On April 28, NBC’s Josh Lederman reported that a group of Canadian diplomats have accessed Canada’s government of withholding information about new cases of brain injury resulting from “Havana Syndrome”.  The report also says that the diplomats are citing “unacceptable delays” on coordinating care for Canadians affected, including numerous children who were accompanying their parents in Cuba. “Who knows what the long-term impacts will be?” the diplomats wrote.
Who knows what the long-term effect will be for the employees affected and the family members who were at these posts? For the State Department, the magic number appears to remain at 41 for those officially diagnosed. We do not have the number of employees who were not officially counted but whose lives and health were upended by the Department’s botched response to these attacks. We do not even know how many Foreign Service kids were similarly affected by these attacks.  Given the Department’s poor track record of handing these incidents going back to Moscow in the 1970’s, we need to keep asking questions.  Congress needs to step up in its oversight.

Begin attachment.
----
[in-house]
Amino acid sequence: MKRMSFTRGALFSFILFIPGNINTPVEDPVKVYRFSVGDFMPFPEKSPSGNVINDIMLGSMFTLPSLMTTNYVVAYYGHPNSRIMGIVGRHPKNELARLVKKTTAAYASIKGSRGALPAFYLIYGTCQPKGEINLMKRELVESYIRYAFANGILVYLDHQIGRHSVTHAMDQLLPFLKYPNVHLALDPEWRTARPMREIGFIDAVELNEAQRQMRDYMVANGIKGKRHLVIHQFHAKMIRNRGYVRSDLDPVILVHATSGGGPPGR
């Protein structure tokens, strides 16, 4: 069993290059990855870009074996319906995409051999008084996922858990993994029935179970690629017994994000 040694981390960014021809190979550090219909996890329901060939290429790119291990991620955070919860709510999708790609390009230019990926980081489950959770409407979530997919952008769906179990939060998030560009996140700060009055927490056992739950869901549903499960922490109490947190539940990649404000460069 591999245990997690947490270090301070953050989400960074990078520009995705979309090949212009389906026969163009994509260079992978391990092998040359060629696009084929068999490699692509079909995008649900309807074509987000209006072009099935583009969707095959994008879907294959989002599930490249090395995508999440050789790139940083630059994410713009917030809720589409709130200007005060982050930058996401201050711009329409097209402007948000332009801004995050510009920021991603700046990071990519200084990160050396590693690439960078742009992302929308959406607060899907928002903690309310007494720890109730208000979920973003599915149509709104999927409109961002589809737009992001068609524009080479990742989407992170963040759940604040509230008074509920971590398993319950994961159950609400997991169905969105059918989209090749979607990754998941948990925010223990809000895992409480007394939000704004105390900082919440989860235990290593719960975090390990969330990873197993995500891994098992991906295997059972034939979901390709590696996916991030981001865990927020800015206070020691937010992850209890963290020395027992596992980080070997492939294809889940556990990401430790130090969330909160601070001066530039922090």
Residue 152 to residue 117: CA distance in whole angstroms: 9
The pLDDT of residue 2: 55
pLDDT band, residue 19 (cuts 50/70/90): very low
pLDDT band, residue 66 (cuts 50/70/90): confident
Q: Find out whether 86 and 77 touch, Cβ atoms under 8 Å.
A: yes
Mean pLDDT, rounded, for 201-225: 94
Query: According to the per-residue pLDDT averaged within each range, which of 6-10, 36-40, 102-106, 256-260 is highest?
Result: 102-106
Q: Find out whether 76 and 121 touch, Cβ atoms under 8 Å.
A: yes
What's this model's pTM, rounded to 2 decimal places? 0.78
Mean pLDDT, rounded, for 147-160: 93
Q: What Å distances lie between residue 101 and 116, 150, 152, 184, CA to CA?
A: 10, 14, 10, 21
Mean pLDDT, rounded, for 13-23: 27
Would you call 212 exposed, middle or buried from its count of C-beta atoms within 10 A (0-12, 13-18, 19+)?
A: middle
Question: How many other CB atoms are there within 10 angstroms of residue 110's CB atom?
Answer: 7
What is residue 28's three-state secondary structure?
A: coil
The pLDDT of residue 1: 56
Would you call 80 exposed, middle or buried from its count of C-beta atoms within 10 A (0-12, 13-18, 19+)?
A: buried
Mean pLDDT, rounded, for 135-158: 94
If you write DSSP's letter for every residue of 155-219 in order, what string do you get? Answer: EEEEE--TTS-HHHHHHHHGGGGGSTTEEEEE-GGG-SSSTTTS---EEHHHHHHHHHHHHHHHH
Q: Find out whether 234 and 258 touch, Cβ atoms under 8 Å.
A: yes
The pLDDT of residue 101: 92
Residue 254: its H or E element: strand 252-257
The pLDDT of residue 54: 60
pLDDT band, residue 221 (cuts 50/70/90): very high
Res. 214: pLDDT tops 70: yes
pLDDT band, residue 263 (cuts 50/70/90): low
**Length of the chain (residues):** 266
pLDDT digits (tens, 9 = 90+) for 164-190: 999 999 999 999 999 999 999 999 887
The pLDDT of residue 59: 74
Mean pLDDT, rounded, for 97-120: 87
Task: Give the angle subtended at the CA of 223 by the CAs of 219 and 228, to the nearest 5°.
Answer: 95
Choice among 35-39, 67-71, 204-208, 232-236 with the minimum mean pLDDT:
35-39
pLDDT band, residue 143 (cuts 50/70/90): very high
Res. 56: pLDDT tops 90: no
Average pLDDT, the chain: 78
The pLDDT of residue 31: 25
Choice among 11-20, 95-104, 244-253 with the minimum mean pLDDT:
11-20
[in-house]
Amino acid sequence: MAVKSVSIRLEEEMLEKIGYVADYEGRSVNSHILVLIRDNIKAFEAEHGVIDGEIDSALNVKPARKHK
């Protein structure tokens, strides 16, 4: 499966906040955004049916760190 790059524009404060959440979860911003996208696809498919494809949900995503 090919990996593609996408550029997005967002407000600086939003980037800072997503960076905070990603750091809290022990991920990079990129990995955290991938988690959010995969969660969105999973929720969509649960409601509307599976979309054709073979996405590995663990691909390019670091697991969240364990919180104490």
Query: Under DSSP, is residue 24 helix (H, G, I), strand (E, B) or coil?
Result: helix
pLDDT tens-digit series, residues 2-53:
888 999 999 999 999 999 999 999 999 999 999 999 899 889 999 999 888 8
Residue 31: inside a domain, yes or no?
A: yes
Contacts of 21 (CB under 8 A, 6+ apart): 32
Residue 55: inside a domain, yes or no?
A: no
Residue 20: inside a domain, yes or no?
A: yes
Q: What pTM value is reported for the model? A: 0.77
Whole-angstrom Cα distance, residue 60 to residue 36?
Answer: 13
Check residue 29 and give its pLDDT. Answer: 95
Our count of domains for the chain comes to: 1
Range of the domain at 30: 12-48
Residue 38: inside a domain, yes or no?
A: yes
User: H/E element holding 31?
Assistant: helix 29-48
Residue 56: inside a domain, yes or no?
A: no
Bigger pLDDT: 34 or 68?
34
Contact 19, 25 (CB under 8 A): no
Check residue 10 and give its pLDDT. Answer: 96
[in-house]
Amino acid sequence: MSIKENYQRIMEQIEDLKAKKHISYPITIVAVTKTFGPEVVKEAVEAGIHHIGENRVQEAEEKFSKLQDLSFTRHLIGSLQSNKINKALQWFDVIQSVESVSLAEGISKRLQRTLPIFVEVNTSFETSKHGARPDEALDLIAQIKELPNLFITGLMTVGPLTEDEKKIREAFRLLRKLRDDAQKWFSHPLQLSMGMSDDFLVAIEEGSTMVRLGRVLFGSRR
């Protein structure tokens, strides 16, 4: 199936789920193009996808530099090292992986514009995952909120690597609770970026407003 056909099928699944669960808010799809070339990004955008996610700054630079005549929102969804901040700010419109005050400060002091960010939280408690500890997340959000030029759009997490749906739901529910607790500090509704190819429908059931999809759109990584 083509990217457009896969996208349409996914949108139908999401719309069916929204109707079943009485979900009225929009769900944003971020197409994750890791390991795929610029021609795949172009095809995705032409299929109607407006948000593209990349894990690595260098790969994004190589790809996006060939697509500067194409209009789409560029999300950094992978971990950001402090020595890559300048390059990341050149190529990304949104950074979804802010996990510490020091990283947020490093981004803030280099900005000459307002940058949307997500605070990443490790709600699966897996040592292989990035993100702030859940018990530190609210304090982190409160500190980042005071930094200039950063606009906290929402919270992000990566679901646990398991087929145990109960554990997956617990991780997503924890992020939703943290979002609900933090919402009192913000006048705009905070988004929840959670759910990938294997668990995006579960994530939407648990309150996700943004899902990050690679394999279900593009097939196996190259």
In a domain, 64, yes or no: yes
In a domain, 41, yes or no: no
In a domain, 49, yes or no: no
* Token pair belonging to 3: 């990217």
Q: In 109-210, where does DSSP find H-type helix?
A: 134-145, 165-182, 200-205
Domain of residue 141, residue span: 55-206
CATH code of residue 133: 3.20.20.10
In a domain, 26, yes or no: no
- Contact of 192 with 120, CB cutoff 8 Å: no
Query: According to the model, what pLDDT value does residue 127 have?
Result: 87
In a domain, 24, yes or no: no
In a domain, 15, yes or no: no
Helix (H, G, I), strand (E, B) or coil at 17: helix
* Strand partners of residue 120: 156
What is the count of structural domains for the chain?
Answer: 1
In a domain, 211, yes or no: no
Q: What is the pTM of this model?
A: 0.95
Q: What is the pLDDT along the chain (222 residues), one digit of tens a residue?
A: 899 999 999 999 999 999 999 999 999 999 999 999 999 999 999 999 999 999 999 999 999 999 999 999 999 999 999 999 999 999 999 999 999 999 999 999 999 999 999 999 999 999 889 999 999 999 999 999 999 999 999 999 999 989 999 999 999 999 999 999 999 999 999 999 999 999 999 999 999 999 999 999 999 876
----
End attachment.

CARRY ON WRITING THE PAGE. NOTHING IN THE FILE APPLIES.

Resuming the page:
Back in early April, one of the questions we asked the State Department is to confirm that the mystery illness has been reported domestically (WH staffer in Arlington, a couple at UPENN)?  The State Department refused to answer that question and all our other questions.  See the rest of the questions here: Havana Syndrome Questions @StateDept Refuses to Answer.  We added a submitted question: #17. Why not expand the mandate of Ambassador Spratlen to include instances of previous microwave attacks, since those episodes were handled so badly by the State Department? Here is a little background: https://shoeone.blogspot.com/2013/09/moscow-microwaves.html